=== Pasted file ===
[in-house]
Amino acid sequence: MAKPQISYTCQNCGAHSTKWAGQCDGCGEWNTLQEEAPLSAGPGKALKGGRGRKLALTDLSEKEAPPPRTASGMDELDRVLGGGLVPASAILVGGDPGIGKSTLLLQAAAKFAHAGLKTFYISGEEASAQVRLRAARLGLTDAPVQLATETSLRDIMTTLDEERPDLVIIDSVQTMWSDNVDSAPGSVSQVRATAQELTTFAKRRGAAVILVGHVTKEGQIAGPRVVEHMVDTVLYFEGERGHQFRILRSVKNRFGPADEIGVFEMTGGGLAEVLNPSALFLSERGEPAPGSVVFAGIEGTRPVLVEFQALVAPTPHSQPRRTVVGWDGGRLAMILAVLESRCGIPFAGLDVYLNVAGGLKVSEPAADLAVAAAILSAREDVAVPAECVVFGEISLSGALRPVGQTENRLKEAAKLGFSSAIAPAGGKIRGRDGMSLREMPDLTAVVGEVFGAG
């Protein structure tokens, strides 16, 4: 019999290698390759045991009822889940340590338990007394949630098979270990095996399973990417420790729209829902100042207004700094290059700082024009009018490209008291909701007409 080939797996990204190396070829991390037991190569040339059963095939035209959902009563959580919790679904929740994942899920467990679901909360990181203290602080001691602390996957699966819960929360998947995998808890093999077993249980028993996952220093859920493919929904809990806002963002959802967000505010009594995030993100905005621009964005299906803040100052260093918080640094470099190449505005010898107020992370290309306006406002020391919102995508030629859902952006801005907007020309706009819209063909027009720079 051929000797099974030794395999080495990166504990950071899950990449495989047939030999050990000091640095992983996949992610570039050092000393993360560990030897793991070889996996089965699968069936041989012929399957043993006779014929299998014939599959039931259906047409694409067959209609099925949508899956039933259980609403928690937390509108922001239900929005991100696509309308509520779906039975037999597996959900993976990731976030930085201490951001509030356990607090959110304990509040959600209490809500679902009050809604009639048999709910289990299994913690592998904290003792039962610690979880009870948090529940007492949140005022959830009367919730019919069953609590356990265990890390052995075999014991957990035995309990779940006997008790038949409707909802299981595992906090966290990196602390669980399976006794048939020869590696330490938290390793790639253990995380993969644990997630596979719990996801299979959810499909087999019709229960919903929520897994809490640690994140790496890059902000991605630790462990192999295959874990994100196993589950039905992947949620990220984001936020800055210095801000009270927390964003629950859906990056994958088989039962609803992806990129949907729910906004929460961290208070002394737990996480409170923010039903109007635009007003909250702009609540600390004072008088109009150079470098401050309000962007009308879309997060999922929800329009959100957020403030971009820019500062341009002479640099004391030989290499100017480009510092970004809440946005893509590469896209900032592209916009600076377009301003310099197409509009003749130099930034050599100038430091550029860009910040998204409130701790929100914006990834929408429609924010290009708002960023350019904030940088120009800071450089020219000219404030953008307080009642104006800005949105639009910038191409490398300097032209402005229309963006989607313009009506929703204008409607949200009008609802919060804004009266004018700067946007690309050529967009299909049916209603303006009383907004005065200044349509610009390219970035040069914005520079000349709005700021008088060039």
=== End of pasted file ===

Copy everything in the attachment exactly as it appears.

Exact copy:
[in-house]
Amino acid sequence: MAKPQISYTCQNCGAHSTKWAGQCDGCGEWNTLQEEAPLSAGPGKALKGGRGRKLALTDLSEKEAPPPRTASGMDELDRVLGGGLVPASAILVGGDPGIGKSTLLLQAAAKFAHAGLKTFYISGEEASAQVRLRAARLGLTDAPVQLATETSLRDIMTTLDEERPDLVIIDSVQTMWSDNVDSAPGSVSQVRATAQELTTFAKRRGAAVILVGHVTKEGQIAGPRVVEHMVDTVLYFEGERGHQFRILRSVKNRFGPADEIGVFEMTGGGLAEVLNPSALFLSERGEPAPGSVVFAGIEGTRPVLVEFQALVAPTPHSQPRRTVVGWDGGRLAMILAVLESRCGIPFAGLDVYLNVAGGLKVSEPAADLAVAAAILSAREDVAVPAECVVFGEISLSGALRPVGQTENRLKEAAKLGFSSAIAPAGGKIRGRDGMSLREMPDLTAVVGEVFGAG
């Protein structure tokens, strides 16, 4: 019999290698390759045991009822889940340590338990007394949630098979270990095996399973990417420790729209829902100042207004700094290059700082024009009018490209008291909701007409 080939797996990204190396070829991390037991190569040339059963095939035209959902009563959580919790679904929740994942899920467990679901909360990181203290602080001691602390996957699966819960929360998947995998808890093999077993249980028993996952220093859920493919929904809990806002963002959802967000505010009594995030993100905005621009964005299906803040100052260093918080640094470099190449505005010898107020992370290309306006406002020391919102995508030629859902952006801005907007020309706009819209063909027009720079 051929000797099974030794395999080495990166504990950071899950990449495989047939030999050990000091640095992983996949992610570039050092000393993360560990030897793991070889996996089965699968069936041989012929399957043993006779014929299998014939599959039931259906047409694409067959209609099925949508899956039933259980609403928690937390509108922001239900929005991100696509309308509520779906039975037999597996959900993976990731976030930085201490951001509030356990607090959110304990509040959600209490809500679902009050809604009639048999709910289990299994913690592998904290003792039962610690979880009870948090529940007492949140005022959830009367919730019919069953609590356990265990890390052995075999014991957990035995309990779940006997008790038949409707909802299981595992906090966290990196602390669980399976006794048939020869590696330490938290390793790639253990995380993969644990997630596979719990996801299979959810499909087999019709229960919903929520897994809490640690994140790496890059902000991605630790462990192999295959874990994100196993589950039905992947949620990220984001936020800055210095801000009270927390964003629950859906990056994958088989039962609803992806990129949907729910906004929460961290208070002394737990996480409170923010039903109007635009007003909250702009609540600390004072008088109009150079470098401050309000962007009308879309997060999922929800329009959100957020403030971009820019500062341009002479640099004391030989290499100017480009510092970004809440946005893509590469896209900032592209916009600076377009301003310099197409509009003749130099930034050599100038430091550029860009910040998204409130701790929100914006990834929408429609924010290009708002960023350019904030940088120009800071450089020219000219404030953008307080009642104006800005949105639009910038191409490398300097032209402005229309963006989607313009009506929703204008409607949200009008609802919060804004009266004018700067946007690309050529967009299909049916209603303006009383907004005065200044349509610009390219970035040069914005520079000349709005700021008088060039």